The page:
Half of overweight adolescents in the U.S. have high blood pressure problems, cholesterol or glucose levels that put them at risk for heart attacks and other cardiovascular problems, says a new federal study.
And an even greater number of obese adolescents are equally at risk, as reflected in the alarming figures recently obtained.
“What this shows is that unfortunately we are losing the battle prematurely with many children,” said Dr. Stephen Daniels, an expert from the School of Medicine, University of Colorado, who was not involved in the study.
People can keep your risk of heart disease if they get very low at 45 or 50 with normal weight and with normal blood pressure, normal cholesterol and without diabetes. Therefore these results are not good, he said.
The study was reported in the journal Pediatrics (Pediatrics).
The Centers for Disease Control and Prevention studied the cases of 3 000 383 adolescents aged 12 to 19. All children underwent an intensive nationwide study during which they met, they took the weight, measure physical and medical tests.
The study by the Centers is considered of great importance to identify health trends nationwide, said Dr. William Mahle, pediatric cardiologist at Emory University.
The good news, Mahle said, is that the study found no increase in the level of obesity, high blood pressure or bad cholesterol in the years of the study from 1999 to 2008.
“We all look for some indication or sign that we’re making some progress,” said Mahle, who was not involved in the study. “So the reassuring,” he said.
But as if deteriorated: the percentage of adolescents who were diagnosed with diabetes or prediabetes increased significantly from 9% to 21%. The prediabetic glucose level is higher than normal but not so high as to be considered diabetes.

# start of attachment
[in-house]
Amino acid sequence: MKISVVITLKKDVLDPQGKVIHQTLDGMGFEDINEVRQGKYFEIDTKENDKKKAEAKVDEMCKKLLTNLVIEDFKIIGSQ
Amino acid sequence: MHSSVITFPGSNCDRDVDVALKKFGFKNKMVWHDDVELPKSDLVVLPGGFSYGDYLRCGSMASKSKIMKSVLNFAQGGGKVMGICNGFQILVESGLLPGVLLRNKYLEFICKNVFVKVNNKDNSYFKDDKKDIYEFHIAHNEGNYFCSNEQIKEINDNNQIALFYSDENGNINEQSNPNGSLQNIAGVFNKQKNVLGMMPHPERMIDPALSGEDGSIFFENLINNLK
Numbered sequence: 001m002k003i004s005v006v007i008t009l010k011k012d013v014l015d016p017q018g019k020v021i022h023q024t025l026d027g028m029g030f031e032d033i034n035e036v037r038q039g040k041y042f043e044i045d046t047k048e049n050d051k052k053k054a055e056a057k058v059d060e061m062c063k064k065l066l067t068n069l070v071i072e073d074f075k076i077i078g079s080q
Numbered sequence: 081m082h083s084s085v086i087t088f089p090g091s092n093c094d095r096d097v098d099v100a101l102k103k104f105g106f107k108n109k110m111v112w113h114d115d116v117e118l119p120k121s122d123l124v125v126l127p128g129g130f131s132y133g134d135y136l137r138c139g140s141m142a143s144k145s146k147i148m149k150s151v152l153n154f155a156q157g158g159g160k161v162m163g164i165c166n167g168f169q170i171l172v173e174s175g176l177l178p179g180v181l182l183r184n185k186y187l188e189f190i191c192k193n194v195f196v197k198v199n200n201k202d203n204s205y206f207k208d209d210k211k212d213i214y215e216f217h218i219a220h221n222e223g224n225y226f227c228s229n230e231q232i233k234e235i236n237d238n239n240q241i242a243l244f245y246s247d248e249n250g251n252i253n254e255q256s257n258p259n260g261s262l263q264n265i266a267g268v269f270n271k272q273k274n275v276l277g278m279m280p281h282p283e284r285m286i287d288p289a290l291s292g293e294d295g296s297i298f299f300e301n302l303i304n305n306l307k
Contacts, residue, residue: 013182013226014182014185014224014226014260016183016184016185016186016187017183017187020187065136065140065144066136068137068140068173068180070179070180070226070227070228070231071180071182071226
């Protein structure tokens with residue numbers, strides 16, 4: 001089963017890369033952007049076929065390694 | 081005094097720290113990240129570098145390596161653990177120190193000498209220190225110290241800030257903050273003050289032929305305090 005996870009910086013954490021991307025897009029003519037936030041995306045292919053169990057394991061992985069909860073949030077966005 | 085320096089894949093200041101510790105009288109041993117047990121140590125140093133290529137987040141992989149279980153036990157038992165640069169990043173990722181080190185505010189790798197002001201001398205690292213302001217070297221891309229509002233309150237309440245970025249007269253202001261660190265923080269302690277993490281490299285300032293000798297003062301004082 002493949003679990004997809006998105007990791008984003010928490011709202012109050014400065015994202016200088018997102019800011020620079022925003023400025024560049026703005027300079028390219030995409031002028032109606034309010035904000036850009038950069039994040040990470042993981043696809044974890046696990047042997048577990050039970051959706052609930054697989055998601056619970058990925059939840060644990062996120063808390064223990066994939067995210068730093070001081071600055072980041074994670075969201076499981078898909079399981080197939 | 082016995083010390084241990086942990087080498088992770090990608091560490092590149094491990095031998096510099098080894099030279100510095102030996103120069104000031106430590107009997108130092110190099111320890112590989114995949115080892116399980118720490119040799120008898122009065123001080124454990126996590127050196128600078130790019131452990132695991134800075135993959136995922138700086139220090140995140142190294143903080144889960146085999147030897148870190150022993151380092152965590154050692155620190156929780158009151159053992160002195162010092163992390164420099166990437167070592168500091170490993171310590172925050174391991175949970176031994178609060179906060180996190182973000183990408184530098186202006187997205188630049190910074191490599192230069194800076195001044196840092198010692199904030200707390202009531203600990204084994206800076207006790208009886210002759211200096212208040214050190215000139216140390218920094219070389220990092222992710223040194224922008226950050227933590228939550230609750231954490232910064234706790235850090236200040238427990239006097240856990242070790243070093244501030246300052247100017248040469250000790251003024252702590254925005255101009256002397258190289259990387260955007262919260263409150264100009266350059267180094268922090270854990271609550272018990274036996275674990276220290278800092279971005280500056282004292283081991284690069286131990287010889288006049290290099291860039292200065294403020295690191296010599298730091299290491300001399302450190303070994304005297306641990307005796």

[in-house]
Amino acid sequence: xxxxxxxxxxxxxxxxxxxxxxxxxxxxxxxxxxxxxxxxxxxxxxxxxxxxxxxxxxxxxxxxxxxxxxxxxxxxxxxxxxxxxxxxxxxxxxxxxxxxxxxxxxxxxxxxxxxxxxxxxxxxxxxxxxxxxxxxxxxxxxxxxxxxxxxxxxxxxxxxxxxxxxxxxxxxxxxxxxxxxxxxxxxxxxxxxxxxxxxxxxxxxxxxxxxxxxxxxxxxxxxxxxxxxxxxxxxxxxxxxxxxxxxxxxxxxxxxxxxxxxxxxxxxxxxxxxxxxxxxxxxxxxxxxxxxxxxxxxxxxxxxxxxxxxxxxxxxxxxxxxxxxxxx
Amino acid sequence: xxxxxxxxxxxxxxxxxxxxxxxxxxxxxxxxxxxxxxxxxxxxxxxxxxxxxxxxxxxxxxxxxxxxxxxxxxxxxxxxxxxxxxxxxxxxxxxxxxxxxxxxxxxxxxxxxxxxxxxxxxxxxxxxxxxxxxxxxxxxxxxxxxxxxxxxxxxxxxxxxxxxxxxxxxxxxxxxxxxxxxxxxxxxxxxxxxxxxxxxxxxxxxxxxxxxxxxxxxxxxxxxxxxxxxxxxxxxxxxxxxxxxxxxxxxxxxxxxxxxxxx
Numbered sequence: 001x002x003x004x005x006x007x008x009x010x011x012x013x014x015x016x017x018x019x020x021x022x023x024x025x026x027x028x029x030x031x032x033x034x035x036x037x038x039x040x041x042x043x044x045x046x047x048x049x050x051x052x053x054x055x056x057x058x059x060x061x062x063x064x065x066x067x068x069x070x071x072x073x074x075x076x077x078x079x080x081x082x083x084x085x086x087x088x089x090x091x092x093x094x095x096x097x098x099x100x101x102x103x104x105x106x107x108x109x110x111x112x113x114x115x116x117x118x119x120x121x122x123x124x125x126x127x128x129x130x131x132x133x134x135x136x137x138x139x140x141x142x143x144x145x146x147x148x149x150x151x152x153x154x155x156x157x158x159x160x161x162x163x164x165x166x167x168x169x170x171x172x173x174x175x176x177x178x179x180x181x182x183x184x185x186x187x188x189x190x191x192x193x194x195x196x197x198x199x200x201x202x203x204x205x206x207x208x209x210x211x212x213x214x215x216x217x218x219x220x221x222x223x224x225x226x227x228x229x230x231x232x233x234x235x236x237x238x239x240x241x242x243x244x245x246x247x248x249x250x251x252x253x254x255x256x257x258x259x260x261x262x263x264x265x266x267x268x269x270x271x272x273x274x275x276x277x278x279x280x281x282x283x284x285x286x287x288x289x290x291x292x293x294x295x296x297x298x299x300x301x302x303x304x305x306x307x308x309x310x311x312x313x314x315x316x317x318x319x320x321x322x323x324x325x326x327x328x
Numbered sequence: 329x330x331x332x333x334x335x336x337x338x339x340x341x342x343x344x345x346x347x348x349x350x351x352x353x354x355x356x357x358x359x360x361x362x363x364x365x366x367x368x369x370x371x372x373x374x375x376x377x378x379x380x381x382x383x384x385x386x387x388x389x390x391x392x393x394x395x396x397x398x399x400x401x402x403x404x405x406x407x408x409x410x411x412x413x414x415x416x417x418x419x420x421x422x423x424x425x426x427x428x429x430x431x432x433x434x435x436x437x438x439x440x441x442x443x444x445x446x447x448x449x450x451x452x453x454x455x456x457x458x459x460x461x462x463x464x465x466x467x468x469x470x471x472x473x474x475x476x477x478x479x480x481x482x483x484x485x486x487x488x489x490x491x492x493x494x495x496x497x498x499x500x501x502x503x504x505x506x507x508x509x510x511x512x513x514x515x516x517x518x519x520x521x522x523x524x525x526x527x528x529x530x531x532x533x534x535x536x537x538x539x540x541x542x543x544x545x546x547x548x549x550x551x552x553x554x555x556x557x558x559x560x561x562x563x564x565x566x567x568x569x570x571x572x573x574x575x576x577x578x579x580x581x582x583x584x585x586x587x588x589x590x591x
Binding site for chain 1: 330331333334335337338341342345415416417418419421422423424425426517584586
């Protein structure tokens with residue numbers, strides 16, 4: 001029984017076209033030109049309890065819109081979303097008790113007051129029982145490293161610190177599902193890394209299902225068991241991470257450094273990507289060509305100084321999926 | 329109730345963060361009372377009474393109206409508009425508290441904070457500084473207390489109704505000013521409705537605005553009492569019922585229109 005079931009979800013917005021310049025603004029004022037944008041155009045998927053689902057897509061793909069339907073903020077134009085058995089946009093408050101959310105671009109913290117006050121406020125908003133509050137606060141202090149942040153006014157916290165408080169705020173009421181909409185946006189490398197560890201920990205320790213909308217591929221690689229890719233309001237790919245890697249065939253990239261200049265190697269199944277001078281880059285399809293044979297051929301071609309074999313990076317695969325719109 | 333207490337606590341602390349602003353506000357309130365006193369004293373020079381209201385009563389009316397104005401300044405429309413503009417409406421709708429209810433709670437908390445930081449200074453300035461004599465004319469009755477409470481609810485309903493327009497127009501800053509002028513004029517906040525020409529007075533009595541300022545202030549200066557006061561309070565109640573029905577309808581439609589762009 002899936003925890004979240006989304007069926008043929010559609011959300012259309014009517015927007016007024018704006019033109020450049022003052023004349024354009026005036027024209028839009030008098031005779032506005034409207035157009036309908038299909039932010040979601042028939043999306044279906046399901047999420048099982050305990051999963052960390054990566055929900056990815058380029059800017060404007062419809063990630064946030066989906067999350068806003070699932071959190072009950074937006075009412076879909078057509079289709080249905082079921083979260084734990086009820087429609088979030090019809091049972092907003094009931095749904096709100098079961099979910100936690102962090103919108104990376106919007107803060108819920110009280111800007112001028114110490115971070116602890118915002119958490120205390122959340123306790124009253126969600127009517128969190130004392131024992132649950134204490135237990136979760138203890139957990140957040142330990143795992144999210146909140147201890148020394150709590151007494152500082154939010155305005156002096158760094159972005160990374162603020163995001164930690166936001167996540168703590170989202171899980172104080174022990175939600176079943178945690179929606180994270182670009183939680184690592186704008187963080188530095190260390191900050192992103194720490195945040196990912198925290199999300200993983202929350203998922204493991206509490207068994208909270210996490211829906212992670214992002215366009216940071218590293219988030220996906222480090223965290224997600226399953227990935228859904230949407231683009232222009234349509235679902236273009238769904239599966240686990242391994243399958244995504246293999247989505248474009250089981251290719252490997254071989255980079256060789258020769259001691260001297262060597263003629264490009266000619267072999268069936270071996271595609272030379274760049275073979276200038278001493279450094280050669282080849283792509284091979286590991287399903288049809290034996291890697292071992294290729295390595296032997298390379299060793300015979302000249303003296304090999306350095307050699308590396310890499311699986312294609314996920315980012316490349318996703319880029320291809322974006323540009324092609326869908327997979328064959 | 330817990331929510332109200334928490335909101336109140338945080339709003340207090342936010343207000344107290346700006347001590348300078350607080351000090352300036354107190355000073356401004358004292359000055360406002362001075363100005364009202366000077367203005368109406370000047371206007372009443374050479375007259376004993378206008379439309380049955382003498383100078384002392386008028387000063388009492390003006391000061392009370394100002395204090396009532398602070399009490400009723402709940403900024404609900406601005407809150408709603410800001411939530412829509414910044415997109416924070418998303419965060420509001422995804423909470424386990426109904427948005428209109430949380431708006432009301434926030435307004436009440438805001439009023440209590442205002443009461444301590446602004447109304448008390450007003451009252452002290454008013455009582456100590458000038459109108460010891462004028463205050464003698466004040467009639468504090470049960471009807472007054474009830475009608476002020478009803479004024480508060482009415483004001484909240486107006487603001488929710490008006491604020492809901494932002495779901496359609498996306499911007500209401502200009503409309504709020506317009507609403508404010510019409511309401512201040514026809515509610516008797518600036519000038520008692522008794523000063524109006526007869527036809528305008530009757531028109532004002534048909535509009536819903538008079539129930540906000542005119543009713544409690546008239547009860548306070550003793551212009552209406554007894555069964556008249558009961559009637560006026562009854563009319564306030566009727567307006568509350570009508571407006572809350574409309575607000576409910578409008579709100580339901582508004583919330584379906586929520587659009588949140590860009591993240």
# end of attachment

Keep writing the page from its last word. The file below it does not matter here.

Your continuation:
It is unclear why the proportion of children with high blood sugar increases when measures of other risk factors remain stable. You may have something to do with the type of test used to measure blood sugar, said Daniels.
Teens in the study underwent a blood test that gave various results depending on the day and time that the sample was taken. Other tests, although more complete and more expensive, they are considered more accurate.
Daniels said it is possible that another test method could not have produced such a high number.
That’s possible, said Ashleigh May, the epidemiologist who led the study centers.
“This study is the first step in identifying the problems of youth. Further testing is needed to identify what is happening and the benefits of using several methods in this population,” he said.
Overall the study found that 50% of children are overweight and 60% of obese youth had at least one possible risk factor for heart disease in the future.
But normal weight children are not without risk, because 37% had at least one risk factor and would be able to increase their risk to suffer heart disease as adults, the study said.